From Argyle to Anfield: Beyond Football with Craig Noone
Craig Noone sits reservedly across the table in a no-frills, grey-on-grey full tracksuit, weary from a long day out on the pitch under the beating sun. When asked if he’s ready to begin, he replies in the affirmative in his usual softly-spoken manner, though the thick Scouse accent is impossible to miss.
Born in the Merseyside town of Kirkby, just six miles (9km) north-east of Liverpool, Noone was brought up on the stories and memories of those indomitable Reds of the 70s and 80s who’d probably preceded his full comprehension and appreciation by a mere handful of years (the lad was born in ’87).
Surely the dream of every Scouse boy and girl, Noone was picked up early in his childhood by Liverpool, playing for his beloved Reds from around nine years of age until about 12, when he was cut from the academy, as per the ruthless nature of English football development systems.
“It did hurt but I used it as motivation really to try and kick on,” the now 32-year-old says, “I was quite slight and small to be honest and everyone was growing up above me so that was difficult.”
Picked up by various other academies during different spells throughout his adolescence, Noone would go on to pick up a trade – roofing, in his case – instead of progressing through secondary education. It was a tough gig as an 18-year-old, with the Englishman explaining, “[I’d be] working from, say, seven or eight in the morning right up until four or five o’clock and then I’d go train in the evening.
“It was hard but I think it grounded me.”
The ex-Premier League winger has quite an infamous story up his sleeve from his time roofing houses back in Merseyside. It begins as inconspicuously as any other, really:
“One morning the boss picked me up at 7am as he always done and he said, ‘You’re gonna like who we’re working with today.’”
The Scouser remembers his ears perking up at the statement, but admits he was expecting something along the lines of a training ground or smaller local football stadium.
“We got to this big house – this mansion-type thing, if you like – and I was quizzing him, ‘Who’s house is it?’”
Well go on then, Craig.
“It was 2 or 3 o’clock in the afternoon when Gerrard had finished training and pulled up into his house."
That’s Gerrard of the Steven-variety, by the way.
“I was a bit starstruck to be honest.”
Bloody hell Nooney, we would be too.
He ended up working on Stevie G’s roof for a couple of weeks, by his own estimate, and would end up facing his boyhood idol on the field not too long after that:
“Within the next year or so, I was playing against him in the FA Cup which was a bit surreal.”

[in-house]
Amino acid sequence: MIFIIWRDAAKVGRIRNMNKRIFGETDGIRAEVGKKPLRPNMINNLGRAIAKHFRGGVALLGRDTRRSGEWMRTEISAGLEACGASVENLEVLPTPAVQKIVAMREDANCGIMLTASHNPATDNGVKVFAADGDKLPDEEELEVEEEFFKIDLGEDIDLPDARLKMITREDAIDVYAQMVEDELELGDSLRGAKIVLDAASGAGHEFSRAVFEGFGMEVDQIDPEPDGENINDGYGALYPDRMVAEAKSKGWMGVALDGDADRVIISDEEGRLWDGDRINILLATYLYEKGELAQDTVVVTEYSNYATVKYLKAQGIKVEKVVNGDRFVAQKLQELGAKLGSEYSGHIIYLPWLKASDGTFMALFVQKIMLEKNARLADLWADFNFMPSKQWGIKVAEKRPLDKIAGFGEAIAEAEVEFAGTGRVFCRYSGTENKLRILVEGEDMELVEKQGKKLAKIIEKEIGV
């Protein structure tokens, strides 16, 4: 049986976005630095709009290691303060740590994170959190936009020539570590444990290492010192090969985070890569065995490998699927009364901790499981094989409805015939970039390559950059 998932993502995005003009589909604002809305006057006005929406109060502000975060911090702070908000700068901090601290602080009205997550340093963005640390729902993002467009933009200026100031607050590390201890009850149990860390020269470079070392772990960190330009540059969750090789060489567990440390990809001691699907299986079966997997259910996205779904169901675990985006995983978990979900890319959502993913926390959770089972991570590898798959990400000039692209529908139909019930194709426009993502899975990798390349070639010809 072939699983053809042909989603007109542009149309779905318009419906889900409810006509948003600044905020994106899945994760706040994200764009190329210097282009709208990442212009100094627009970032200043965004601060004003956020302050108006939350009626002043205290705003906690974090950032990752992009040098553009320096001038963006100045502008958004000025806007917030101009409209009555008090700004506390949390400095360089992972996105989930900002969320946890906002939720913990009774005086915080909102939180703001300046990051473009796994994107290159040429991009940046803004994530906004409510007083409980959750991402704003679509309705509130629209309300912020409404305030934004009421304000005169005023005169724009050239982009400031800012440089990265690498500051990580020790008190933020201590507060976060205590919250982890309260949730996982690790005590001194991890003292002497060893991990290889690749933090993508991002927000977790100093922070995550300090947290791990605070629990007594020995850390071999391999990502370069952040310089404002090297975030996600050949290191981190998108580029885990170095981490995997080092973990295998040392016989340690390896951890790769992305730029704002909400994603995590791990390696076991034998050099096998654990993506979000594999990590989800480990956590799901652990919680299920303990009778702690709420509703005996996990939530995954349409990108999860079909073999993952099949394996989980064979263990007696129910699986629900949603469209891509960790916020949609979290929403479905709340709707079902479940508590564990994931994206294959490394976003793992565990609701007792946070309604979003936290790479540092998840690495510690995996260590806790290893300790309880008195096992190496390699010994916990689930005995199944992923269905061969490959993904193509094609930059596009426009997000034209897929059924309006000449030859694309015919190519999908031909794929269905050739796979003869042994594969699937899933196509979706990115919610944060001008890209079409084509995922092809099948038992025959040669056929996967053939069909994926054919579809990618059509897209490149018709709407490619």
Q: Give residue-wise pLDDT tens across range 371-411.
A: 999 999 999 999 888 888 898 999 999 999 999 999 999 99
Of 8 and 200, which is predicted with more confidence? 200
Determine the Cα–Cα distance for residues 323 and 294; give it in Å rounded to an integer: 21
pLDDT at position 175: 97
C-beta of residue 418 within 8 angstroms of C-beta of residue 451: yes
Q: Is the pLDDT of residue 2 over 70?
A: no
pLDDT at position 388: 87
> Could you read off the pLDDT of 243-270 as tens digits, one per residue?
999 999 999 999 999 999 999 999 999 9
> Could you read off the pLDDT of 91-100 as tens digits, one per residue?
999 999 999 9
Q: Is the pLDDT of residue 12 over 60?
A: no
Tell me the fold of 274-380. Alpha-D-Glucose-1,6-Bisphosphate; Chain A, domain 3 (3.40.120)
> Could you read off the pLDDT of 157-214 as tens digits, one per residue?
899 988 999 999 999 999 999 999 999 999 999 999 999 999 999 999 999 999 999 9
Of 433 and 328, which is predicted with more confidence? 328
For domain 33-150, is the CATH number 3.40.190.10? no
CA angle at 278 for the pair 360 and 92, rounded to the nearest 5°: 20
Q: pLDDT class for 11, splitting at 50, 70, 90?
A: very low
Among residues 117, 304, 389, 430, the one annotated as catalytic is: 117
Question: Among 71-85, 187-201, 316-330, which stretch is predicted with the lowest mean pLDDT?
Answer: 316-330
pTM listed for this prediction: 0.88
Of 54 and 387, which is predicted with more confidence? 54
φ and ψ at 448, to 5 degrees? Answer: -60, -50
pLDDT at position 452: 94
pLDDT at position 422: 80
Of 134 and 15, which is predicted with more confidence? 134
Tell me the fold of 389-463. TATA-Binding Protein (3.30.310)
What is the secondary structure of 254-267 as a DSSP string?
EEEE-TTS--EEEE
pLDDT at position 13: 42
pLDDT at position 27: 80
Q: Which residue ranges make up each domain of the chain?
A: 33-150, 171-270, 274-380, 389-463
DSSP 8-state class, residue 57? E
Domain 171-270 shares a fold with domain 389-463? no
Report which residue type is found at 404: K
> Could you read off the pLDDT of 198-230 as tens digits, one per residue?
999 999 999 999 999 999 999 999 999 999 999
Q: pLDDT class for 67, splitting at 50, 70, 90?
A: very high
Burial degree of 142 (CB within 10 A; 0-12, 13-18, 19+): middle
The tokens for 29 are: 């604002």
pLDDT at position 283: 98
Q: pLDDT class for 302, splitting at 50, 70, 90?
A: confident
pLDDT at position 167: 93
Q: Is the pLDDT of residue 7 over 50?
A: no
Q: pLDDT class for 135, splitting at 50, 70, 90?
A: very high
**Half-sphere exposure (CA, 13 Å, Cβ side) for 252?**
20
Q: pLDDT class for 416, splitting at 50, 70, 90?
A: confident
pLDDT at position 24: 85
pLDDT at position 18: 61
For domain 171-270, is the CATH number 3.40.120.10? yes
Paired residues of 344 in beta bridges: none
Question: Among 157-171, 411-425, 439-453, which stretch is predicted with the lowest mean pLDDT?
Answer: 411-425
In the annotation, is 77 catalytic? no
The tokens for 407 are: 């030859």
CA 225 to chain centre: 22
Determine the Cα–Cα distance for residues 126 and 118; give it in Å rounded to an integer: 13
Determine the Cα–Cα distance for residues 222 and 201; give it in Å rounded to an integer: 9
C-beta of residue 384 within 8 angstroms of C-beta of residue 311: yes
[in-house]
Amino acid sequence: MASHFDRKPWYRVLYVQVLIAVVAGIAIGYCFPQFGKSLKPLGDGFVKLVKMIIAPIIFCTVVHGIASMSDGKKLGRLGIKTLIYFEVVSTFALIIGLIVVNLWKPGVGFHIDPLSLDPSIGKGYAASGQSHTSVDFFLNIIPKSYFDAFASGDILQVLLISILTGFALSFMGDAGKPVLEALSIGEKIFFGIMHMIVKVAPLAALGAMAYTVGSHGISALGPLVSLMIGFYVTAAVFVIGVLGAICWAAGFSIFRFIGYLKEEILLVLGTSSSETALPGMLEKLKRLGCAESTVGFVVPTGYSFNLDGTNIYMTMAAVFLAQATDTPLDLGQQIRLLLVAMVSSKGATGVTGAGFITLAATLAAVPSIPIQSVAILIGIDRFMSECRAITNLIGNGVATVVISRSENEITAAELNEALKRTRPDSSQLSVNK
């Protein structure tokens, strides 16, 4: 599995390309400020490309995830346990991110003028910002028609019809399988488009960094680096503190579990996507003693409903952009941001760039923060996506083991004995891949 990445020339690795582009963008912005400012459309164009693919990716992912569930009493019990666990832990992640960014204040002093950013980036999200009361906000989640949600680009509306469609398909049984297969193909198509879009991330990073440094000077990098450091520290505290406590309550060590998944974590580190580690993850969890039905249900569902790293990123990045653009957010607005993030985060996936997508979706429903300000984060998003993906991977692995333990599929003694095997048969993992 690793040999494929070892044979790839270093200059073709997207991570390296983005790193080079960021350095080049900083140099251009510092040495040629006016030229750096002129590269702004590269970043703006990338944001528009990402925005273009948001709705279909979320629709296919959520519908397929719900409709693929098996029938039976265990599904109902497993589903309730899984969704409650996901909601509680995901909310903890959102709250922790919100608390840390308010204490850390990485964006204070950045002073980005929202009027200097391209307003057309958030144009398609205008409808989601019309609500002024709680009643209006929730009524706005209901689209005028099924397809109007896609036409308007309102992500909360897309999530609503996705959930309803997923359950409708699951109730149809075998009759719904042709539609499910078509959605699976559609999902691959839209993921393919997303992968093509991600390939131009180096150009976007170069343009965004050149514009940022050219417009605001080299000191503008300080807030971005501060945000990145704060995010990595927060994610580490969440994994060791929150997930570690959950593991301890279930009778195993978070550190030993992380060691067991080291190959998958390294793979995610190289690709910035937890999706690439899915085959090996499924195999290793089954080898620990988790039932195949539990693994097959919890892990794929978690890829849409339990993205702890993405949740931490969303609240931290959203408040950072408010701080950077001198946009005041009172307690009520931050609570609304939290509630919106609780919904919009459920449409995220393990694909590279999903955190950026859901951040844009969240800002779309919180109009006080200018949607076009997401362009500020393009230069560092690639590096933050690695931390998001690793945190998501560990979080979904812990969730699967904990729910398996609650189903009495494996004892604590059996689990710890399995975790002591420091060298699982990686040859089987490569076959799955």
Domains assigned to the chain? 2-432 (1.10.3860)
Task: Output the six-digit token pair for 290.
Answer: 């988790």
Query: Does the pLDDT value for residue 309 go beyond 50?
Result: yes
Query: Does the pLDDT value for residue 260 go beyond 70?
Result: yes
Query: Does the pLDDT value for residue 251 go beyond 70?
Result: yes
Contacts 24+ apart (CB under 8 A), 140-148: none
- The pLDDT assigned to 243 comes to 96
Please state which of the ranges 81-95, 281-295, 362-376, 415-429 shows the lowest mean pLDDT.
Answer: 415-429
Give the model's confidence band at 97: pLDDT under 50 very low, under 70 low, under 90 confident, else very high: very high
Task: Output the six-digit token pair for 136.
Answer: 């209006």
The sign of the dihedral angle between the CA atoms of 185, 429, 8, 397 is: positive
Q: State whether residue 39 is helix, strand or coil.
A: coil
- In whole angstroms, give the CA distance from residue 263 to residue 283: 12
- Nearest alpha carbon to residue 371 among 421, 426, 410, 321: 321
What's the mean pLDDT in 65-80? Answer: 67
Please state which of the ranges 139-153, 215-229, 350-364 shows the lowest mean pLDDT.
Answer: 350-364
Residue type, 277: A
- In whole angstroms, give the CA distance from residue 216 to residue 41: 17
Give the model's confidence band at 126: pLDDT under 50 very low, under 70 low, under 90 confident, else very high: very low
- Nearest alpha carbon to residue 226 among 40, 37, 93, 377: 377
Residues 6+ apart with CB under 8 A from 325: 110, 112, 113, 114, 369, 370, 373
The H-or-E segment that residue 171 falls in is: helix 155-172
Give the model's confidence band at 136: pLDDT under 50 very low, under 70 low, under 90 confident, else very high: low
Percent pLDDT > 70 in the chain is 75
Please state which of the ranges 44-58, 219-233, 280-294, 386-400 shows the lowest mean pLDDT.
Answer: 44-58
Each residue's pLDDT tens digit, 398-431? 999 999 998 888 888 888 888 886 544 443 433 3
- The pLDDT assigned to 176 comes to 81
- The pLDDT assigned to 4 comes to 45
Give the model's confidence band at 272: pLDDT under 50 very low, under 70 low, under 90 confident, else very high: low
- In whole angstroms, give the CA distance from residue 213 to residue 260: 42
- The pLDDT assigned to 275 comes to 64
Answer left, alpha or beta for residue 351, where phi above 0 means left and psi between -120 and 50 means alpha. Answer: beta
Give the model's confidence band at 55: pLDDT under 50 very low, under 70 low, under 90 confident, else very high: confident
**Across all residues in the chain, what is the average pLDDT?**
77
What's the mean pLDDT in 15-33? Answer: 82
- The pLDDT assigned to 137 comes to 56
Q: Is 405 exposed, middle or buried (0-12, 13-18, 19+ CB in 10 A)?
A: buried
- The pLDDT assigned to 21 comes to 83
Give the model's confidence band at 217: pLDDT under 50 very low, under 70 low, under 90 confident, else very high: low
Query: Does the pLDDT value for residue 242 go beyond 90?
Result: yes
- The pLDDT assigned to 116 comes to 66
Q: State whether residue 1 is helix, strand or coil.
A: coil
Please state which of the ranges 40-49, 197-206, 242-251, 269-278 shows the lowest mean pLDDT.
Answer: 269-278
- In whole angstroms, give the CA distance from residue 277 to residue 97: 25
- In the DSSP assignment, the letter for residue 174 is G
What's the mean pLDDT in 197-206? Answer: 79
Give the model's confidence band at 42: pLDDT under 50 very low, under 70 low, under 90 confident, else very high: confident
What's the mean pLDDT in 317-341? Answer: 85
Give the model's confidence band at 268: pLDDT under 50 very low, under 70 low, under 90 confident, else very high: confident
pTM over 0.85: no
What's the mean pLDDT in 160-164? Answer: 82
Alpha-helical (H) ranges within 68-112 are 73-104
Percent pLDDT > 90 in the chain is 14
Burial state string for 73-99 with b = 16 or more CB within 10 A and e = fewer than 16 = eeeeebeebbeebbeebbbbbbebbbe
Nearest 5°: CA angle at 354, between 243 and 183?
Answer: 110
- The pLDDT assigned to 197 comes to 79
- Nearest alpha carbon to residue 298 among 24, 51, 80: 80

We’ve skipped too far ahead, though.
Noone’s big breakthrough actually came whilst he was still roofing houses, when he was scouted whilst playing for his local non-league side with his mates by now-English Football League mainstays, Plymouth Argyle.
“I always believed I was going to be a professional,” he explains adamantly.
The winger had always indisputably possessed his fair share of talent, and that additional self-belief, optimism and persistence ended up paying off when Argyle swooped in to pick him up on a two-year contract:
“I went from working on a building site and playing semi-professional non-league – that was on the Friday – and then on the Monday I was signing a contract to be a professional footballer so it was like a dream come true really.”
From a roofie to a professional footballer within the space of a single weekend. Not bad if you ask us.
Back to that FA Cup game though.
Noone was playing for Brighton at the time, and when asked how it felt to play against his boyhood club, could initially only bring himself to describe it in one word:
“Especially at Anfield it was a bit surreal to be honest, walking out to You’ll Never Walk Alone and walking out in [front of] the main stand and looking at the Kop.”
The surrealness dissipated pretty quickly for Noone and the Seagulls from there; 6-1 was the final scoreline, with three of Liverpool’s half-dozen being Brighton own-goals.
Noone himself was substituted onto the pitch to replace Will Buckley at the commencement of the second half, but our little Scouse winger couldn’t provide the spark his Seagulls needed. In fact, he almost made the situation worse, fouling Liverpool icon Dirk Kuyt in the area to concede a penalty, which a certain Uruguayan lad by the name of Luis Suarez stepped up to take but failed to convert.
It wasn’t all doom and gloom for Noone though; Gerrard rounded up his teammates after the game to sign his iconic #8 shirt, giving it to his former-roof tiler and thus making the day of a lifelong Reds fan.
The two remain in contact to this day.